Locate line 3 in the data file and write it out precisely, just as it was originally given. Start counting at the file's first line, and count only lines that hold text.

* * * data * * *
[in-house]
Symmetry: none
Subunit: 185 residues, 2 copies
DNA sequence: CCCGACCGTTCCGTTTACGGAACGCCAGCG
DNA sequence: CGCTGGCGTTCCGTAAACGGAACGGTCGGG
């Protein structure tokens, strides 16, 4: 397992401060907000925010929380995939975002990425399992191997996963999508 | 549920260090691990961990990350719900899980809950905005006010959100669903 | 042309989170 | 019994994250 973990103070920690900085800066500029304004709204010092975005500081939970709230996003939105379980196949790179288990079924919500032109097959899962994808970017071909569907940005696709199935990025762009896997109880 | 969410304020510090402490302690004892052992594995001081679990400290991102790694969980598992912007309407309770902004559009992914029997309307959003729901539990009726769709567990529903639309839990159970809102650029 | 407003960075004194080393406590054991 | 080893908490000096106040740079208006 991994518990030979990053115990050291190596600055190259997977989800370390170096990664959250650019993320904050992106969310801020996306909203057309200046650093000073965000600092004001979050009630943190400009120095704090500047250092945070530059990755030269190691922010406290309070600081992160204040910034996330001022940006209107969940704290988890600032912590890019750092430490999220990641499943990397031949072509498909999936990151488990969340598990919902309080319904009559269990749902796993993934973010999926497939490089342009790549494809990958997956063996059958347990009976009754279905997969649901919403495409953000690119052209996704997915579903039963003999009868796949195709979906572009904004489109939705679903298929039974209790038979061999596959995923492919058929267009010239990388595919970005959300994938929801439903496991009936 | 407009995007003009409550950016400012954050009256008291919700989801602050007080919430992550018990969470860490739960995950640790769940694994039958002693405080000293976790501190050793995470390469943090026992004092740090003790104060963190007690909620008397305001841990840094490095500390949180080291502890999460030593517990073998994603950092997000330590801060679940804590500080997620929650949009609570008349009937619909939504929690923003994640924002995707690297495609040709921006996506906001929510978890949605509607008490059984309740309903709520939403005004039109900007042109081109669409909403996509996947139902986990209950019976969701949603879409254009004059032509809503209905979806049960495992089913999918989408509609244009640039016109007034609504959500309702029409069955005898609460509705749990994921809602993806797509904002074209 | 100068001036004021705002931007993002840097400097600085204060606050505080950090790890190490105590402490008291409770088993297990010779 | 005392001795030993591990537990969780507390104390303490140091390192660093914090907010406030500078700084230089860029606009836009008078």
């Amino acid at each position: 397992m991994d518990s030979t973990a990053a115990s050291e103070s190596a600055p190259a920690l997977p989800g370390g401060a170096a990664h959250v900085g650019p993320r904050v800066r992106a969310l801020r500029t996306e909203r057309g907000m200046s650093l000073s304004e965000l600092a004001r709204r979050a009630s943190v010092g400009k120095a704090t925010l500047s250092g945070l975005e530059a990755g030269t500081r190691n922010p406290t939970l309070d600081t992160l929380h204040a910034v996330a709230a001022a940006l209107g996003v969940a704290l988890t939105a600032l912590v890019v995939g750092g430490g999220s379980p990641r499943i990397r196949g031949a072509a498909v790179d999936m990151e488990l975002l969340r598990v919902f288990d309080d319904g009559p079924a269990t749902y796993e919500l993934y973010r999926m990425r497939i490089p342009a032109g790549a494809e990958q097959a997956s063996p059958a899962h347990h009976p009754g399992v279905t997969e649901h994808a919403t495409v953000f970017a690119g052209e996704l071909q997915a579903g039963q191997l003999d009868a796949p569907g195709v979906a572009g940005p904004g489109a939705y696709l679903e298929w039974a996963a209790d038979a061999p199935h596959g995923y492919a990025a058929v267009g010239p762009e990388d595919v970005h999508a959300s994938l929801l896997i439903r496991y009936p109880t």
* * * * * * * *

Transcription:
Subunit: 185 residues, 2 copies